Edith Hamilton, despite her successful and accomplished life, experienced a significant heart attack in 1973. She managed to survive the initial attack. However, unfortunately, she passed away as she suffered from a second stroke on August 11, 1973. She was laid to rest in the American section of the cemetery in Versailles, marking the final resting place of this literary genius. Her contributions to the world of literature continue to resonate even after her passing, leaving behind a lasting legacy that will be cherished by readers and scholars for years to come.
Some Important Facts About Her
- Although she produced various literary marvels, her efforts in the interior design field are also commendable. She expressed her artistic ideas in her book, The Decoration of Houses, published in 1897.
- Throughout her life, she produced more than forty books on different topics ranging from architecture, gardening, designing, travel, and others to non-fiction.
- She became the first woman to win a Pulitzer Prize in literature and received an honorary Doctorate of Letters from Yale.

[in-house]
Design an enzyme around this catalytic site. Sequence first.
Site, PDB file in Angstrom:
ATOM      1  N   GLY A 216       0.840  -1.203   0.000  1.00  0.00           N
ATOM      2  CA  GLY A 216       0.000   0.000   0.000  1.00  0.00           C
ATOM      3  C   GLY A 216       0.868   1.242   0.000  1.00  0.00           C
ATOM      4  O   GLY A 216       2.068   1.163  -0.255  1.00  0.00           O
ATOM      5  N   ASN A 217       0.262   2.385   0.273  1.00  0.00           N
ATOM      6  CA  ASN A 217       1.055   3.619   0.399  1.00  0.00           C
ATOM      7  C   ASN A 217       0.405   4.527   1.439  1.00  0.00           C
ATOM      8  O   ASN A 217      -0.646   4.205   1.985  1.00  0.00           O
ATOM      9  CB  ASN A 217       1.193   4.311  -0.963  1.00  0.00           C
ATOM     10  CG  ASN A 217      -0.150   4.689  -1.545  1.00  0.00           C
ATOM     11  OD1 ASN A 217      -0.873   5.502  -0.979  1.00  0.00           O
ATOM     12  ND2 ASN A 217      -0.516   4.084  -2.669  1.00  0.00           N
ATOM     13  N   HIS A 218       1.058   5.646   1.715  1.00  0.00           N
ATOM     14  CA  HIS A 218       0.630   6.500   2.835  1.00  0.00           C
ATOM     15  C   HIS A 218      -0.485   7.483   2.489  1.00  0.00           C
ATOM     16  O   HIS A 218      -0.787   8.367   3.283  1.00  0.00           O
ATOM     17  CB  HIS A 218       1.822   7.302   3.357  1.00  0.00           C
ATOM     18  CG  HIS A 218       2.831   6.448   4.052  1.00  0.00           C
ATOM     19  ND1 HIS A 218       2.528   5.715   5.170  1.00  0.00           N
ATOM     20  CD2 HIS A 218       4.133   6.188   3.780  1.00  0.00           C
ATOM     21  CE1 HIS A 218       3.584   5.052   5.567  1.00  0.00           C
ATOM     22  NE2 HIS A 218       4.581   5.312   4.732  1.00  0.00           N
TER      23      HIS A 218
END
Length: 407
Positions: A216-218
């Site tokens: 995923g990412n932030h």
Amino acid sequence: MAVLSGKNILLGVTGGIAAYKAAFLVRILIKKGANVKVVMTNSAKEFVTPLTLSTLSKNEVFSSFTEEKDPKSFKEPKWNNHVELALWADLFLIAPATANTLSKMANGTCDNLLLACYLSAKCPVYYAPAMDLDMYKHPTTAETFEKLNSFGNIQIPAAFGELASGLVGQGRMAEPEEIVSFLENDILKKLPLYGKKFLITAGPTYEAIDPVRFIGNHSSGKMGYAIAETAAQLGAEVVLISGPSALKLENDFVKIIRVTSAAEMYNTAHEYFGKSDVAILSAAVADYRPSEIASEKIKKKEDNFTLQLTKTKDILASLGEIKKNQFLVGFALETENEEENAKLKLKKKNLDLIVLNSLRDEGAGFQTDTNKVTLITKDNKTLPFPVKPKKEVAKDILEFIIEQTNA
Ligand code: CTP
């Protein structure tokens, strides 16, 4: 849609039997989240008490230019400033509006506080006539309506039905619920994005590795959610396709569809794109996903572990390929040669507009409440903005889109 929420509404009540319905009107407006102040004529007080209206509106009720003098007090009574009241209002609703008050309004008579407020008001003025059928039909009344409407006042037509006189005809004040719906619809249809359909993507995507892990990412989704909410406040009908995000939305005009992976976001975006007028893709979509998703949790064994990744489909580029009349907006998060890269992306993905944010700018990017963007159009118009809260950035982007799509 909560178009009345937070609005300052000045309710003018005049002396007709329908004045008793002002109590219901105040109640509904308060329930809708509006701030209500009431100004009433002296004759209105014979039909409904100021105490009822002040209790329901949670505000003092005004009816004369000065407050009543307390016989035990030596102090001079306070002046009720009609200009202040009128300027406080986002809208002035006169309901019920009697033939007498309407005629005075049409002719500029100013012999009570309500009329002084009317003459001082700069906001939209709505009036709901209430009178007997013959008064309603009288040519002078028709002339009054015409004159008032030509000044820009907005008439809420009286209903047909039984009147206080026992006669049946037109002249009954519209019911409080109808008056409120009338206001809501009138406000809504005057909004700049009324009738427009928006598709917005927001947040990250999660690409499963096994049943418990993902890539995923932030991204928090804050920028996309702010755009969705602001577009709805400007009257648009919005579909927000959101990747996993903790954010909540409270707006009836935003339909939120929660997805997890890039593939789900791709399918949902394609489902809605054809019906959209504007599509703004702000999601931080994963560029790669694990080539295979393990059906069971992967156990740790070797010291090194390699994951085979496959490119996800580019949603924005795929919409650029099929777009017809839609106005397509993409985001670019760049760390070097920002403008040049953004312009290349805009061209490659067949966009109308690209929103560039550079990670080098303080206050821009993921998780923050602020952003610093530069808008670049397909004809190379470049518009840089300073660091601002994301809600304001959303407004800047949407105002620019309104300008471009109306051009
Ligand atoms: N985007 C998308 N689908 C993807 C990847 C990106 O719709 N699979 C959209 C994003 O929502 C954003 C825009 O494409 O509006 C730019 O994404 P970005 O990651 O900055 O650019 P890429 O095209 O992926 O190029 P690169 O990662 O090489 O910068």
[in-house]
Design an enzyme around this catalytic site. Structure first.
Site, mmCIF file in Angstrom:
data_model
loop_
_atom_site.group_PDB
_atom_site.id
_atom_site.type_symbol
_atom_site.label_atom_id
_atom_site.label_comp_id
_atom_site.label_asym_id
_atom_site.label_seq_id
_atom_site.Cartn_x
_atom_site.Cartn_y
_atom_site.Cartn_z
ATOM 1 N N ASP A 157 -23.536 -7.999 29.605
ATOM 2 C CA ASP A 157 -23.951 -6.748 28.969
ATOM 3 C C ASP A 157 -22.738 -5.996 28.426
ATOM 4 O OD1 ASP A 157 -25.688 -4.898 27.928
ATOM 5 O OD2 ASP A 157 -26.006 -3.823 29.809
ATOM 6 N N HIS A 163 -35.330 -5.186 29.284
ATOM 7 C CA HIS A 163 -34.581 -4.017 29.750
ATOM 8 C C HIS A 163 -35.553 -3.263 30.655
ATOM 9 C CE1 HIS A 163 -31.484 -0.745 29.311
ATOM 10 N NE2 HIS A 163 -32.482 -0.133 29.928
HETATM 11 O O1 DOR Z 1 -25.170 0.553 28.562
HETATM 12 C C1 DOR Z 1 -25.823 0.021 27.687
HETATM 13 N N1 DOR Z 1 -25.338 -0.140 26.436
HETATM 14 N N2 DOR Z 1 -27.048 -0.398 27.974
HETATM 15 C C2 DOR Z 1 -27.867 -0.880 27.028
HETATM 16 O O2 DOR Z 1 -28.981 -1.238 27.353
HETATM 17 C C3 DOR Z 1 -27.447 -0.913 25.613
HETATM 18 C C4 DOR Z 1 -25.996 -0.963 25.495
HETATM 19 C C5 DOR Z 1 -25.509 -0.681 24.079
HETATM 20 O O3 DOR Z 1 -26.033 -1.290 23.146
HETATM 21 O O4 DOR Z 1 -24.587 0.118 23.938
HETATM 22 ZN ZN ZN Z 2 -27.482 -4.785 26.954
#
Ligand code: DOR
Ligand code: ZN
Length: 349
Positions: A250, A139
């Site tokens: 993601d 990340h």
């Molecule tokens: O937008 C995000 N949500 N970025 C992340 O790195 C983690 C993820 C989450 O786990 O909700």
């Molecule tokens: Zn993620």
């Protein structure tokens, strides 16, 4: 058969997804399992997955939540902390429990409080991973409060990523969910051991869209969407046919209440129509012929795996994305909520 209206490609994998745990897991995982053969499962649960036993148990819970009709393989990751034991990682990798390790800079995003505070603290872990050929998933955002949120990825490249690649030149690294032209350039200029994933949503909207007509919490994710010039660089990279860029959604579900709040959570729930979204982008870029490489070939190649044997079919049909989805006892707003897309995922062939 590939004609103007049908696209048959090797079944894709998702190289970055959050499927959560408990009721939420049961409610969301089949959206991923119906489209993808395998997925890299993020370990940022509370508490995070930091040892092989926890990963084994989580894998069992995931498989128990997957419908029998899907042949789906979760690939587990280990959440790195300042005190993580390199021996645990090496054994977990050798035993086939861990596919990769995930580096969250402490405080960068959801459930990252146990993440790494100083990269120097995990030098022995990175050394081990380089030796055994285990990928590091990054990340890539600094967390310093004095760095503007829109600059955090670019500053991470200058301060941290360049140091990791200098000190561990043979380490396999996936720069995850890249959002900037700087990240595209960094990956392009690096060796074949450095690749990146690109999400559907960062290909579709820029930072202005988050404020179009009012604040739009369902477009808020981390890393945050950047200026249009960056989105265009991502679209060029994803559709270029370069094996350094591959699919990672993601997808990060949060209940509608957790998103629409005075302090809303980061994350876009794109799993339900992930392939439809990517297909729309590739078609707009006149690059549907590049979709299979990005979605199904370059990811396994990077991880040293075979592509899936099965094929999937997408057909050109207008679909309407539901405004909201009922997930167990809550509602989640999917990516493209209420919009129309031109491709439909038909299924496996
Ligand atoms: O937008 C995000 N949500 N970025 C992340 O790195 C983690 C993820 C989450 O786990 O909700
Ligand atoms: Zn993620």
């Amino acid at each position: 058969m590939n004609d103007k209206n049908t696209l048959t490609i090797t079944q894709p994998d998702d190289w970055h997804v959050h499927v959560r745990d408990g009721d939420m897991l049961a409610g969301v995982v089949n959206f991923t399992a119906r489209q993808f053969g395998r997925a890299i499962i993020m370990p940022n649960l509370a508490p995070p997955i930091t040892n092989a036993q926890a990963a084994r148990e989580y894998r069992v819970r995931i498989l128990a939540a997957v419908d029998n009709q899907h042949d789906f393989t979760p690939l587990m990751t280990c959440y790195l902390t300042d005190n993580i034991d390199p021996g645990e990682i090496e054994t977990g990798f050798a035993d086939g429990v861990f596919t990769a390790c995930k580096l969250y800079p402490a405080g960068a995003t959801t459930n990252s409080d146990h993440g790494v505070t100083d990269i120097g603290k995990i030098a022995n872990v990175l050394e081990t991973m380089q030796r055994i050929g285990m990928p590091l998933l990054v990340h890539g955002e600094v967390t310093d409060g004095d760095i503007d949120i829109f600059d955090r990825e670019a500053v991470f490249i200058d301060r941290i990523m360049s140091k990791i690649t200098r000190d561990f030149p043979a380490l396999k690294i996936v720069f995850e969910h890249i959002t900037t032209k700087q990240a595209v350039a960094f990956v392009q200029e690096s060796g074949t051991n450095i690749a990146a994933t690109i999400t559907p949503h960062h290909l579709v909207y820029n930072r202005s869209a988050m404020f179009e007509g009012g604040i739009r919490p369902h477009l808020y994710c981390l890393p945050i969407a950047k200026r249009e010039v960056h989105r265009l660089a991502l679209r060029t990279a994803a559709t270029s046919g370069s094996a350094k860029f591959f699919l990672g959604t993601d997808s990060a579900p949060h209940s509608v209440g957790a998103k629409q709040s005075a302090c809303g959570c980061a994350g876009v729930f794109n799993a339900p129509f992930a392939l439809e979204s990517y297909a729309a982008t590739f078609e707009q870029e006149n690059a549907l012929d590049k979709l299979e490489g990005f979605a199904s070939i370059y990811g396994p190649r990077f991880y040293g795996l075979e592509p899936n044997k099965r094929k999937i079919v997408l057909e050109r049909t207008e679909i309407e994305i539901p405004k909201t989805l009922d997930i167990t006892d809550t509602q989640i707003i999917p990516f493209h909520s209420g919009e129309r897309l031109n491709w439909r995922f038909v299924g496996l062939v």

Edith Wharton’s love for writing blossomed from a young age, despite her mother’s reservations. She defied her mother’s restrictions and crafted stories for her family, showcasing her talent and passion. At the age of eleven, she even completed her first novel, although her mother’s criticism initially dampened her spirits. Nevertheless, Edith remained determined, refusing to let her mother’s harsh opinions discourage her. At fifteen, she saw her work published under her father’s friend’s name, titled “Died Steine Erzählen.” In 1879, she anonymously published a poem in a magazine, followed by five remarkable poems in a literary publication the following year.